I have recently read an interesting article on writing across disciplines. In this context, I am referring to writing as a cognitive skill, not the mechanical skill of handwriting. The article argued that in some schools, writing is 'locked out' of the classroom despite the many benefits, such as an opportunity to articulate, revise, and strengthen their ideas, as well as to present and communicate students' thinking.
This made me reflect on the GEMS (Singapore) MYP and DP programmes, taught in the Secondary Years, on a cognitive level. During our lessons, the students are required to articulate their ideas and share them in writing on a daily basis.
By collaborating with others and receiving constructive feedback, students have a chance to improve and strengthen their ideas. The evidence of learning in an IB World school is rarely simply the end result, usually, there is a documented process of learning (using formative assessments along the way), leading up to the final piece (the summative assessment).
In a traditional educational setting, students mostly write to 'get a good grade'. Writing in the IB is frequently shared with a larger audience. A subject like Language and Literature encourage students to 'write with an audience in mind' in order to understand how to target the audience. In addition, our students are encouraged to reflect on cross-disciplinary concepts through writing, such as patterns, change, structures, systems.
We believe that a careful use of educational technology can help students in developing writing skills. For example, through creating blog posts students learn various writing techniques and continuously work on their style to keep their audience interested and engaged. Platforms like Google classroom or Google Docs connect students around the world and provide a great opportunity for collaboration and improvement.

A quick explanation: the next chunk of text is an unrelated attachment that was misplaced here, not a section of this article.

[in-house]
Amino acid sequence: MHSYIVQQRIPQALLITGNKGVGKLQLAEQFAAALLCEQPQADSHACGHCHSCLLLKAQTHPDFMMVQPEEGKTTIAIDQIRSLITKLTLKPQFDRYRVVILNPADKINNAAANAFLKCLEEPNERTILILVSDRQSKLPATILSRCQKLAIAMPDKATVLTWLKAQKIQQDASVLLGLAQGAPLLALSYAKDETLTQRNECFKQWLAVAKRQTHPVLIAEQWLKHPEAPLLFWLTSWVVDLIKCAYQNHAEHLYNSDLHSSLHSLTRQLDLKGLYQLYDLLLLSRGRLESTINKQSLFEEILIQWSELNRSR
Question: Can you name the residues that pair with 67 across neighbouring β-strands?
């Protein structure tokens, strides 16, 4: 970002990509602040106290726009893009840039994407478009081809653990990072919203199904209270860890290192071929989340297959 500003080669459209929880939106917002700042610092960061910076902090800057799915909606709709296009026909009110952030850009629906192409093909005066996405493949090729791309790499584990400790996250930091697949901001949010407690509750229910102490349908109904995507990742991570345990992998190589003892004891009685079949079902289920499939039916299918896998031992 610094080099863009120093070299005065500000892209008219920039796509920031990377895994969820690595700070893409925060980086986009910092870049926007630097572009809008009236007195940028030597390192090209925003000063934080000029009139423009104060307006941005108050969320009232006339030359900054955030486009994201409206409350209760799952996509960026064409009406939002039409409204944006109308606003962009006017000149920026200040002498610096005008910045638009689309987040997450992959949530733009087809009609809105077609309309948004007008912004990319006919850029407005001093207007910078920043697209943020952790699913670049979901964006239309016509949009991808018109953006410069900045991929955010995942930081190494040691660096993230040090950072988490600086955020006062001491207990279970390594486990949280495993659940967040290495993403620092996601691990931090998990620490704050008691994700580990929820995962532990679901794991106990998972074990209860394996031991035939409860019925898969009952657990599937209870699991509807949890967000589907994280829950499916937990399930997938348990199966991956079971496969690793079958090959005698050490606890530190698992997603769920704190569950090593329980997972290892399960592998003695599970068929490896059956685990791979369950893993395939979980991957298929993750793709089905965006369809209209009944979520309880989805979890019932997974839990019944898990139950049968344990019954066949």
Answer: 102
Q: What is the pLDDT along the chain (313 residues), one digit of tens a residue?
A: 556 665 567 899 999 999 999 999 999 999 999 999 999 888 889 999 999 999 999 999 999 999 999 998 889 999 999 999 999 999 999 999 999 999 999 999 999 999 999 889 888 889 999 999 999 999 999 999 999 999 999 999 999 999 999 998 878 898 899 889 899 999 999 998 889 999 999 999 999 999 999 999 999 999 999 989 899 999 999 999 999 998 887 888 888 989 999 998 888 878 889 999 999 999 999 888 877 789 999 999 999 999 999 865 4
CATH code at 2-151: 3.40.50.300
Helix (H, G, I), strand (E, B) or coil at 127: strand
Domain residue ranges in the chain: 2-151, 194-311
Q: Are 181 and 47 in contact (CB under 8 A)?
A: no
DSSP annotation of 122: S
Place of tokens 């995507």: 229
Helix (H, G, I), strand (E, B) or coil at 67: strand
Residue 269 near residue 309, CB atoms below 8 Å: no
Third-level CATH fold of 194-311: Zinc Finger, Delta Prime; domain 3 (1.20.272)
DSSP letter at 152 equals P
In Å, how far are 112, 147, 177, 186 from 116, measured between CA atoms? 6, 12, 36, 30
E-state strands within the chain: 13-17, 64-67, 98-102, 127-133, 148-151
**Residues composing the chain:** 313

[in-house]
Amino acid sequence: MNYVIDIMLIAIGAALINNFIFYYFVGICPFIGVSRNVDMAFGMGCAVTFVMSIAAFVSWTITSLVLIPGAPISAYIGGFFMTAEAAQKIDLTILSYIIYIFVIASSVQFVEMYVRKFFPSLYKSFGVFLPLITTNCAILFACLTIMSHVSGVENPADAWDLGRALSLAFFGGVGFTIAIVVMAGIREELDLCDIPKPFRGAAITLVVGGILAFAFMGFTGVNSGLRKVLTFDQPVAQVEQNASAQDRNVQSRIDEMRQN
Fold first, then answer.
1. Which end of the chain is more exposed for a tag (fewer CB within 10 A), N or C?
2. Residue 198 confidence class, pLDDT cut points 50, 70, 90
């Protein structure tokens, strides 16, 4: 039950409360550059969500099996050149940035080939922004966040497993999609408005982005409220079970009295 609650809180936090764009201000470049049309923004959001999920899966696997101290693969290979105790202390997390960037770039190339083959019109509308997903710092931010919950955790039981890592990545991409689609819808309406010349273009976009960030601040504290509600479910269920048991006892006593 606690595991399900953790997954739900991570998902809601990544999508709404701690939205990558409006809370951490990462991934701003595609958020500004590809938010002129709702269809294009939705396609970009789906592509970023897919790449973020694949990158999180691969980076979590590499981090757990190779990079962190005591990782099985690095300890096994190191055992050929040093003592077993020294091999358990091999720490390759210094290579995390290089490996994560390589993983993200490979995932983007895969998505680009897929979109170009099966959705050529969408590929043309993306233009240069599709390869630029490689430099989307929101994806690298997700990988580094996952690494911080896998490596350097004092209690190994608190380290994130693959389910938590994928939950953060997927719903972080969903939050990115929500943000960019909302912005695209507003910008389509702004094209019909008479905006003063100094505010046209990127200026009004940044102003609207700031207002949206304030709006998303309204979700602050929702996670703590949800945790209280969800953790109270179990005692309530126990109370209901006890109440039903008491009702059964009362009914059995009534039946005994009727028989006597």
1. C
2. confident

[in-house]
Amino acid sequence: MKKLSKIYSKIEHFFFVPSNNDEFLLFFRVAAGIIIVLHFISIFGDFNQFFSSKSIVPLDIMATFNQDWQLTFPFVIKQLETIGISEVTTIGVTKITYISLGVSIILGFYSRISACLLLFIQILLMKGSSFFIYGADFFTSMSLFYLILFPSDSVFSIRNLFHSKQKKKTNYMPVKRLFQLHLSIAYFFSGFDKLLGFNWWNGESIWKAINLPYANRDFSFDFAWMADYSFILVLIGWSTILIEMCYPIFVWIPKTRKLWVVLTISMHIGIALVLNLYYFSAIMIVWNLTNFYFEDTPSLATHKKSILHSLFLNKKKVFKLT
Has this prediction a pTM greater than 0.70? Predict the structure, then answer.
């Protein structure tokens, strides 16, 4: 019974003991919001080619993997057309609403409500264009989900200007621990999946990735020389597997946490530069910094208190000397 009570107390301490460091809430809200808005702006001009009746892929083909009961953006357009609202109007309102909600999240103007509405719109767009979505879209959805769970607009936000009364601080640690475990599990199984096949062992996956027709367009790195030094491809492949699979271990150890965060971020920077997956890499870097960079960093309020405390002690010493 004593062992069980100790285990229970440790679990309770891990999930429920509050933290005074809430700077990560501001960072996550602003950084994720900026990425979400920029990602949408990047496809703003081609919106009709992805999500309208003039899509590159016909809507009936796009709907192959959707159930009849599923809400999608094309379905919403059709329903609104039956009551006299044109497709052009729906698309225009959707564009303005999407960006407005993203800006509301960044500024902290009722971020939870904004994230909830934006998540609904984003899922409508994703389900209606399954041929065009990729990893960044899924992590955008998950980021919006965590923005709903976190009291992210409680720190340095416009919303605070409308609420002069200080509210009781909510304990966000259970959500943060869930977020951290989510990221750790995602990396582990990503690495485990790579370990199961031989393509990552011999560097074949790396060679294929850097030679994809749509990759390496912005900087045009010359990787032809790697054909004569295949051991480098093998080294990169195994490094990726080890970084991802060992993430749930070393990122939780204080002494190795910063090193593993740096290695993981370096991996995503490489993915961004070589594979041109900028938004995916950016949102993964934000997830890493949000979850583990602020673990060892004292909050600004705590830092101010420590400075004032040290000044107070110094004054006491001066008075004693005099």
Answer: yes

I will end with one of my favourite quotes:
Working in digital environments also encourages students to compose multimodally – considering how words, images, and sounds work together to create and shape meaning.
Source: “Three Rules for Writing-Rich Disciplinary Classrooms” by Rick Coppola and Becca Woodard in Education Update, June 2018 (Vol. 60, #6, p. 2-3, 6-7), https://bit.ly/2Ql259i (available for purchase for non-ASCD members)
Please don't forget to book your calendars for the Parent-Teacher Conferences which will take place on Thursday 4th October and Friday 5th October 2018. These conferences are an important opportunity for teachers and parents to discuss your child’s progress in school and enhance a successful two-way communication.
Jan Stipek, Secondary Years Principal